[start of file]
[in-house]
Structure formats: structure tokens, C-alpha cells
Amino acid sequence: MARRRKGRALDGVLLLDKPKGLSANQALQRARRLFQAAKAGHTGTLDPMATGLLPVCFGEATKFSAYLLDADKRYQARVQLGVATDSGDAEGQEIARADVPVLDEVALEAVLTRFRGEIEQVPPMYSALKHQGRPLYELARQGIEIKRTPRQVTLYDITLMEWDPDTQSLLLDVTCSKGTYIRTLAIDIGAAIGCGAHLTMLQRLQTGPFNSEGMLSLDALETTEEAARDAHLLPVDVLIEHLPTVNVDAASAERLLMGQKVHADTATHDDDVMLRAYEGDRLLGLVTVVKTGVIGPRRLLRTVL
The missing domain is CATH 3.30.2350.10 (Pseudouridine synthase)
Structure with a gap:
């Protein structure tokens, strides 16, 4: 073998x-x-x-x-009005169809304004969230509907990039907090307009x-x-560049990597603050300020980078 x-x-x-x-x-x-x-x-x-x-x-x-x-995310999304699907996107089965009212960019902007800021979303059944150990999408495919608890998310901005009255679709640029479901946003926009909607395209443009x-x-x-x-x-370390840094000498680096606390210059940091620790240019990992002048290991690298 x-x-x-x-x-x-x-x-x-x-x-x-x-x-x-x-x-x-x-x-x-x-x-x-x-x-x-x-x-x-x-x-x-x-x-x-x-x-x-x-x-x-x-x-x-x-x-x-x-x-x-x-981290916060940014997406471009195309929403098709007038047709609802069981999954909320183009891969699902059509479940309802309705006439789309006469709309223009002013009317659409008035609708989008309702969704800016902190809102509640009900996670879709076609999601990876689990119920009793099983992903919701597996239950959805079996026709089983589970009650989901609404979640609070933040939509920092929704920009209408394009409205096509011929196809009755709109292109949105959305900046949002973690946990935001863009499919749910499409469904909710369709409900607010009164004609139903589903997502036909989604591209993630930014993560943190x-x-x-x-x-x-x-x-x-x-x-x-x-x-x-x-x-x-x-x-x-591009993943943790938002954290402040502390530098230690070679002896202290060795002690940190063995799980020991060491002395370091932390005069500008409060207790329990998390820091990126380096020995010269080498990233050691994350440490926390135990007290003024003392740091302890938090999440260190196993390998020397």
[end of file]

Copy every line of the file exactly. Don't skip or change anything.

[in-house]
Structure formats: structure tokens, C-alpha cells
Amino acid sequence: MARRRKGRALDGVLLLDKPKGLSANQALQRARRLFQAAKAGHTGTLDPMATGLLPVCFGEATKFSAYLLDADKRYQARVQLGVATDSGDAEGQEIARADVPVLDEVALEAVLTRFRGEIEQVPPMYSALKHQGRPLYELARQGIEIKRTPRQVTLYDITLMEWDPDTQSLLLDVTCSKGTYIRTLAIDIGAAIGCGAHLTMLQRLQTGPFNSEGMLSLDALETTEEAARDAHLLPVDVLIEHLPTVNVDAASAERLLMGQKVHADTATHDDDVMLRAYEGDRLLGLVTVVKTGVIGPRRLLRTVL
The missing domain is CATH 3.30.2350.10 (Pseudouridine synthase)
Structure with a gap:
């Protein structure tokens, strides 16, 4: 073998x-x-x-x-009005169809304004969230509907990039907090307009x-x-560049990597603050300020980078 x-x-x-x-x-x-x-x-x-x-x-x-x-995310999304699907996107089965009212960019902007800021979303059944150990999408495919608890998310901005009255679709640029479901946003926009909607395209443009x-x-x-x-x-370390840094000498680096606390210059940091620790240019990992002048290991690298 x-x-x-x-x-x-x-x-x-x-x-x-x-x-x-x-x-x-x-x-x-x-x-x-x-x-x-x-x-x-x-x-x-x-x-x-x-x-x-x-x-x-x-x-x-x-x-x-x-x-x-x-981290916060940014997406471009195309929403098709007038047709609802069981999954909320183009891969699902059509479940309802309705006439789309006469709309223009002013009317659409008035609708989008309702969704800016902190809102509640009900996670879709076609999601990876689990119920009793099983992903919701597996239950959805079996026709089983589970009650989901609404979640609070933040939509920092929704920009209408394009409205096509011929196809009755709109292109949105959305900046949002973690946990935001863009499919749910499409469904909710369709409900607010009164004609139903589903997502036909989604591209993630930014993560943190x-x-x-x-x-x-x-x-x-x-x-x-x-x-x-x-x-x-x-x-x-591009993943943790938002954290402040502390530098230690070679002896202290060795002690940190063995799980020991060491002395370091932390005069500008409060207790329990998390820091990126380096020995010269080498990233050691994350440490926390135990007290003024003392740091302890938090999440260190196993390998020397």